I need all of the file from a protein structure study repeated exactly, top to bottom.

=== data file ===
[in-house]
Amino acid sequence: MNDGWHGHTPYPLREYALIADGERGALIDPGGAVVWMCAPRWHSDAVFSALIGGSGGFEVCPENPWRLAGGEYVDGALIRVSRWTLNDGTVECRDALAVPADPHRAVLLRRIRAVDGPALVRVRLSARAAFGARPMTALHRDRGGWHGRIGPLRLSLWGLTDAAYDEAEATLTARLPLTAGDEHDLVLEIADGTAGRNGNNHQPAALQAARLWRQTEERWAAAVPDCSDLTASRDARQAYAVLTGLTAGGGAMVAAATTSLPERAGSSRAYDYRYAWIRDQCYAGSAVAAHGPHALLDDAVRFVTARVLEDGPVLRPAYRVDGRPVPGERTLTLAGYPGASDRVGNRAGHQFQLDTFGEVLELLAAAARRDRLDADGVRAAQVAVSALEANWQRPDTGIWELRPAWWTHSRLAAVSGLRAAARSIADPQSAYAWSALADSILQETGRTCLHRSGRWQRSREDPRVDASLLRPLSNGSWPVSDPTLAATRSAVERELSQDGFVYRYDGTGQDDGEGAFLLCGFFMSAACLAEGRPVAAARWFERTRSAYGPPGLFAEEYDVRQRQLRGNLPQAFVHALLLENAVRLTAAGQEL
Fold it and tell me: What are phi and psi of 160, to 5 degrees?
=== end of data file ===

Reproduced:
[in-house]
Amino acid sequence: MNDGWHGHTPYPLREYALIADGERGALIDPGGAVVWMCAPRWHSDAVFSALIGGSGGFEVCPENPWRLAGGEYVDGALIRVSRWTLNDGTVECRDALAVPADPHRAVLLRRIRAVDGPALVRVRLSARAAFGARPMTALHRDRGGWHGRIGPLRLSLWGLTDAAYDEAEATLTARLPLTAGDEHDLVLEIADGTAGRNGNNHQPAALQAARLWRQTEERWAAAVPDCSDLTASRDARQAYAVLTGLTAGGGAMVAAATTSLPERAGSSRAYDYRYAWIRDQCYAGSAVAAHGPHALLDDAVRFVTARVLEDGPVLRPAYRVDGRPVPGERTLTLAGYPGASDRVGNRAGHQFQLDTFGEVLELLAAAARRDRLDADGVRAAQVAVSALEANWQRPDTGIWELRPAWWTHSRLAAVSGLRAAARSIADPQSAYAWSALADSILQETGRTCLHRSGRWQRSREDPRVDASLLRPLSNGSWPVSDPTLAATRSAVERELSQDGFVYRYDGTGQDDGEGAFLLCGFFMSAACLAEGRPVAAARWFERTRSAYGPPGLFAEEYDVRQRQLRGNLPQAFVHALLLENAVRLTAAGQEL
Fold it and tell me: What are phi and psi of 160, to 5 degrees?